In the early 1980s I came in contact with my first computer.
One day, while living in Berlin, Germany, my father brought home a Tandy TRS-80.
We wired the TRS-80 to our black and white television.
The television we had back then had two dials on the front of the TV.
On dial was for UHF and one dial was for VHF.
To this day I don’t know what UHF or VHF mean.
As I remember it while living in Germany, our family only had access to one channel, ABC.
I remember watching The Wonderful World of Disney.
I remember from time to time, I would see Walt Disney on The Wonderful World of Disney.
These had to be reruns, as Disney passed away in 1996.
In addition to the TRS-80 computer my father purchased a cassette tape.
The cassette tape contained the computer code for various computer programs we were able to run on the TRS-80.
The computer was a lot of fun to play with.
After my father finished up his Army assignment in Berlin, we were stationed to Fort Bragg, NC.
I attended Albritton Middle School on Fort Bragg.
Albritton was newly built before I attended the school. It was very modern.
The outside of the school was brick with a maroon roof.
I enjoyed my time at Albritton.
While I was at Albritton, we had a class where we went to the computer lab.
That is where I first got my exposure to Apple computers.
I was probably part of the first school program that had Apple IIE computers.
I remember writing a computer program from a manual that drew a colored picture on the computer screen.
I really had a wonderful time playing on the computer.
Little did I know in the 1980s how integral computers would become in my life.
For most of Bill Gates has consistently been ranked as the Richest Man in the World.
This weekend, I started watching a show on Netflix called Inside Bill’s Brain.
This is a three part series that shares different aspect of the life Bill & Melinda Gates have built.
It’s pretty remarkable the second act that Bill & Melinda are having.
I suspect that the work they currently doing will be responsible for saving more lives in the world.
During the special, Melinda shares that she read an article where 12% of the child population under age five die of diarrhea.
12% equals 2,195 children that die every single day.
According to the Centers for Disease Control, diarrheal diseases are the second leading cause of death for children under the age of five.
Melinda became deeply disturbed when she read about this sad state affairs.
She stated that if her child got diarrhea she would just go to the store and buy some medicine to cure the condition.
I was touched as she questioned, “How in the world where we have so could something so easily prevented and cured be responsible for so much suffering and death?”
However, for much of the world’s population, buying the medicine is not a viable treatment.
Almost 2,200 children die every day from a condition that is easily treatable and cured.
One of the major initiates Bill & Melinda Gates are working on is a way to find a way to prevent the spread of these diseases.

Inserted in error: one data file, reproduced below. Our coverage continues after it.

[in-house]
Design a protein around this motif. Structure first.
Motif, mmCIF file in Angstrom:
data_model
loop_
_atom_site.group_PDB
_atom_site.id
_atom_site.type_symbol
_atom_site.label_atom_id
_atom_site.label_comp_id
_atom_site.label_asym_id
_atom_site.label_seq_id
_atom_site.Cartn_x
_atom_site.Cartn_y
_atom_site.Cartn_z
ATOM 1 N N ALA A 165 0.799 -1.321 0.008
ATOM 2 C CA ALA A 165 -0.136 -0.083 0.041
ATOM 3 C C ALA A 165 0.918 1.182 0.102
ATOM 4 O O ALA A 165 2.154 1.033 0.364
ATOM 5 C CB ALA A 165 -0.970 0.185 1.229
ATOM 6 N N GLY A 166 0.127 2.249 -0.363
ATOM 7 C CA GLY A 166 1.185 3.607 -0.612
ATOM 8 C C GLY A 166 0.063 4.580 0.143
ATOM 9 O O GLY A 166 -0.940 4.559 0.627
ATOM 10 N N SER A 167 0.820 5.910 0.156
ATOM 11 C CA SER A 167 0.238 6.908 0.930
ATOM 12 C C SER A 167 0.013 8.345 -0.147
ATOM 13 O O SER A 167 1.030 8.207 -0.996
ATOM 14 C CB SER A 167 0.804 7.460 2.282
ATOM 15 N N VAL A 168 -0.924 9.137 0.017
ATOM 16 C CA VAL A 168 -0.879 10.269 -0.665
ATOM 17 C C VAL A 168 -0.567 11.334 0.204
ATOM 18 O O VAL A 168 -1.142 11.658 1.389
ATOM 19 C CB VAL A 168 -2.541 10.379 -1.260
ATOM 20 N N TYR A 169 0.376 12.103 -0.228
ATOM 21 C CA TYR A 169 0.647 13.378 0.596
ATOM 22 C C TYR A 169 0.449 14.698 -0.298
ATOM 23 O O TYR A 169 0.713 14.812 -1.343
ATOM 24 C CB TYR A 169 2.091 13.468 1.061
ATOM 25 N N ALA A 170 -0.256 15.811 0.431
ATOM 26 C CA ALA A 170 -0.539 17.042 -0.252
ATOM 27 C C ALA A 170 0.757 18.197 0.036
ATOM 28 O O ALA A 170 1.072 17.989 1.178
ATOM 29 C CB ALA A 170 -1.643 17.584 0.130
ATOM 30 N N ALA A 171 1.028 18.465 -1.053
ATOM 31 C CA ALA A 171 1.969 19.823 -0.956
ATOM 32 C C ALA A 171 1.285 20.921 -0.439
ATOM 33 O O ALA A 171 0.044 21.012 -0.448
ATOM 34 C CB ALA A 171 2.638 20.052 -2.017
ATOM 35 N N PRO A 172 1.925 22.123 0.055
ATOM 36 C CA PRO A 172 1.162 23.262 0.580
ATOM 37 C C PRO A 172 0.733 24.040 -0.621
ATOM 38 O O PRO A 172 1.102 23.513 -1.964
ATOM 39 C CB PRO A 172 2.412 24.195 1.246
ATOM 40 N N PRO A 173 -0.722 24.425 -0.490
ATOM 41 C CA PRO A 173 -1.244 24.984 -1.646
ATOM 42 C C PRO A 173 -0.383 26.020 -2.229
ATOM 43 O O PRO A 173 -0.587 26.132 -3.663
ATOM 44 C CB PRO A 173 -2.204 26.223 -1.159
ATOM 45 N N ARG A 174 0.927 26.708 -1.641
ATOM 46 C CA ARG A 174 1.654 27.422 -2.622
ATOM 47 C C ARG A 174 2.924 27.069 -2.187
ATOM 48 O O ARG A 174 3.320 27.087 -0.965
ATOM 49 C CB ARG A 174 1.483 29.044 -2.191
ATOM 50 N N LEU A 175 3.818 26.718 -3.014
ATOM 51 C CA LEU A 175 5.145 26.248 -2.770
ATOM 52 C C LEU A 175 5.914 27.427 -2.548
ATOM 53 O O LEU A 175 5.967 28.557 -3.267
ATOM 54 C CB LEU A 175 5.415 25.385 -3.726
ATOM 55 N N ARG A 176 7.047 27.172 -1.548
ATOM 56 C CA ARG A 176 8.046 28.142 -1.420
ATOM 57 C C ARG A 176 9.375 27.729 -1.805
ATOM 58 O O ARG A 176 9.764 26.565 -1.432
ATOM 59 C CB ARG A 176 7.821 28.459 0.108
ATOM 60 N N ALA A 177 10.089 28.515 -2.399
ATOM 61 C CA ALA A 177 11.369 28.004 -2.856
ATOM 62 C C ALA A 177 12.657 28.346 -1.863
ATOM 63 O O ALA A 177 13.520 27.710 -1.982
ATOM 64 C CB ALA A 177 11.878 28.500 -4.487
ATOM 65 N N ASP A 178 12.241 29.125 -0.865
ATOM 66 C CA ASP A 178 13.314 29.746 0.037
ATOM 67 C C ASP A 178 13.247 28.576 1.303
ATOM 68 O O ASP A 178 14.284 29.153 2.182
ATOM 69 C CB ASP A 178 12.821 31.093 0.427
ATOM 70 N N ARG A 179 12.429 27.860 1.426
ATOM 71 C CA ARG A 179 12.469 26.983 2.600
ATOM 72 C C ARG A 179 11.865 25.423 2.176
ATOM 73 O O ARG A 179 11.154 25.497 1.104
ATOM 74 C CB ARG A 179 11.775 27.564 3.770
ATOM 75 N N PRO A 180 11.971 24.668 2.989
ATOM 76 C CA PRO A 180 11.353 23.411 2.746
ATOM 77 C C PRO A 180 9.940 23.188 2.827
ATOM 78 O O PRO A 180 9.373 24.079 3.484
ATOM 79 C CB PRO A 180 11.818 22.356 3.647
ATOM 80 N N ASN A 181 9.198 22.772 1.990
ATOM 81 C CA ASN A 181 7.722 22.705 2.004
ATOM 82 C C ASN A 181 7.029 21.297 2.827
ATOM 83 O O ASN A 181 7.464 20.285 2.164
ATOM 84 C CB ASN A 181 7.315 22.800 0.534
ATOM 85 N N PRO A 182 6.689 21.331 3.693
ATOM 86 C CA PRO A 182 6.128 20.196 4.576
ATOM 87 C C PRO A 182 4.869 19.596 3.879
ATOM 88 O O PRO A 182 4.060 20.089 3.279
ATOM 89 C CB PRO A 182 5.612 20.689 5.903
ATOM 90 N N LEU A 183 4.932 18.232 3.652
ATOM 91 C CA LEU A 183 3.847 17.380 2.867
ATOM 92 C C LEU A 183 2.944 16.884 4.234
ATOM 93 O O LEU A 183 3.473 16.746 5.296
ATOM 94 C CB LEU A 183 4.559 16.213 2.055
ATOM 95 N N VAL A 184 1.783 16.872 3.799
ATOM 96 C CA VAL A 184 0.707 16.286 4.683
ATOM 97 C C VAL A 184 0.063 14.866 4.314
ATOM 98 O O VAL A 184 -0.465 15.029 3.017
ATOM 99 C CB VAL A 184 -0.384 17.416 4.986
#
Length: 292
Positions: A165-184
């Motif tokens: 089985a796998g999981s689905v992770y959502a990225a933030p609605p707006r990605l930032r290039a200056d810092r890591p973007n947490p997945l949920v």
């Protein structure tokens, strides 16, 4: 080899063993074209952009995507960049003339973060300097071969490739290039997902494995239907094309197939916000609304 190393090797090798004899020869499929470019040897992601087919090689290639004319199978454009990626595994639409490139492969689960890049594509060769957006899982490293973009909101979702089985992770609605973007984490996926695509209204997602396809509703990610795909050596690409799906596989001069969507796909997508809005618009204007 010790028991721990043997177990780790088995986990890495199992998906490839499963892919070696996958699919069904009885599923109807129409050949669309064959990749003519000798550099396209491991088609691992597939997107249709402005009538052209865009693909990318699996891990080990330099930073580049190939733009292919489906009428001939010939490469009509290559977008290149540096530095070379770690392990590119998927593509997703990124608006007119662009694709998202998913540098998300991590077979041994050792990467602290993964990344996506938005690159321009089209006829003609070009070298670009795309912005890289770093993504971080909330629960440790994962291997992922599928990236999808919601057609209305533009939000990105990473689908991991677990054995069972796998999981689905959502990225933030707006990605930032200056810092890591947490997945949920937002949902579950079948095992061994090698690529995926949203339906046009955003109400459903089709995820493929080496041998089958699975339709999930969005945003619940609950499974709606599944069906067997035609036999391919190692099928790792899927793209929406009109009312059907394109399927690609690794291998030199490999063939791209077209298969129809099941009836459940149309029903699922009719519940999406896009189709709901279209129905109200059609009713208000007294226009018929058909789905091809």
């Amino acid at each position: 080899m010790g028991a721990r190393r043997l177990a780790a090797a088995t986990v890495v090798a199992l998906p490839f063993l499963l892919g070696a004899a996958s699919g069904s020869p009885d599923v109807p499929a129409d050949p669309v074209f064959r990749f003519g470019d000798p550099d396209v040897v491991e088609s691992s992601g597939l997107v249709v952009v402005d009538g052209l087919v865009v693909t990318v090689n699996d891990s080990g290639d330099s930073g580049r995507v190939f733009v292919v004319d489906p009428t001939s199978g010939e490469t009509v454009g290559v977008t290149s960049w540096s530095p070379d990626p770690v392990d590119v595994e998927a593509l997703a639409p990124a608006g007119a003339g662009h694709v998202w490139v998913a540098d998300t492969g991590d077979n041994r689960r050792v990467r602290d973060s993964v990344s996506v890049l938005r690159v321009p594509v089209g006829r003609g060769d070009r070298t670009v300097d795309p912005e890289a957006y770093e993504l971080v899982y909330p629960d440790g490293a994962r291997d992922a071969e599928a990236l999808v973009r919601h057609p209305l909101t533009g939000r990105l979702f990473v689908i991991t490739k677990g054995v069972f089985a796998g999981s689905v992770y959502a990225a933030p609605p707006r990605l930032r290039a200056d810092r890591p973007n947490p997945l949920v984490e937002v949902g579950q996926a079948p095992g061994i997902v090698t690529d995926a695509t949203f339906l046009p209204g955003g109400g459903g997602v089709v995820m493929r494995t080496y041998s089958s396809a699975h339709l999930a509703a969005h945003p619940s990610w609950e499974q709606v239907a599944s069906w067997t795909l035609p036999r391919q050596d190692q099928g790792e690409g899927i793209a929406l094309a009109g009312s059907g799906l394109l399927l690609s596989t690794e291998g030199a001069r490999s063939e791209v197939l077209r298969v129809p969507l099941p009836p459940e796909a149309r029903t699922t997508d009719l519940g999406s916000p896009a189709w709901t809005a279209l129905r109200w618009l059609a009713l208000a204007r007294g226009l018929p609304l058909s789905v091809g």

I remember watching a television show where Bill Gates was a member of a panel.
The audience applauded him for his philanthropic work now that he is no longer actively involved in day to day operations at Microsoft.
Someone from the audience asked him how much more fulfilling the work he was doing now compared to the work he did with Microsoft.
Bill the shared that he loved the work he did at Microsoft because his work at Microsoft changed the world in its own right.
I’ve been fascinated as I’ve been watching Inside Bill’s Mind.
Here are the three lessons I’ve learned from Bill Gates.
When asked what his greatest fear was, Bill Gates replied, “That my mind will stop working.”
Time is Precious.
Bill is still working full time in his foundation.
Just like everyone else, Bill Gates only has twenty-four hours each day.
He is constantly in meetings to move his work forward.
Whenever he attends a meeting he is always on time. Never late.
He Only Does Work That Makes Sense For Him To Do.
During one of the episodes, his assistant is showing us a weekly routine where she places a number of books into his bag.
These are the books he will read this week.
Next week, his assistant will give him new books to ready.
Putting books in a bag is something Bill could easily do.
However, putting books in a bag is not the best use of Bill Gates time.
A better use of his time is reading the books.
Failure Is Part Of The Process
One of the major issues Bill & Melinda Gates are working on is solving the problem of sanitation for much of the world’s population.
In America, sanitation is not an issue. However, for much of the world, safe sewage disposal is nonexistent.
And the result is spreading of diseases that are easily presented.
Did I mention that almost 2,200 children die every day from diarrhea?
The main cause of diarrhea is related to lack of safe sewage disposal.
Currently, there is not a financially viable way to provide sanitation for impoverished countries.
Bill Gates stated we need 1,000 wild ideas to solve the sanitation problem.
He’s created a contest to get the world’s greatest minds to solve the sanitation problem in a way that is cost effective to deploy in third world countries.
Hopefully, one of the 1,000 wild ideas will be the solution to the sanitation problem.
That will mean there well be many failures.
Which is OK, the failures are don’t matter once the solution is found.
There are the tree lessons I’ve learned from Bill Gates.
1. Time is precious.
2. Only do work that makes sense for me to do.
3. Accept that going through failure is the only to get to success.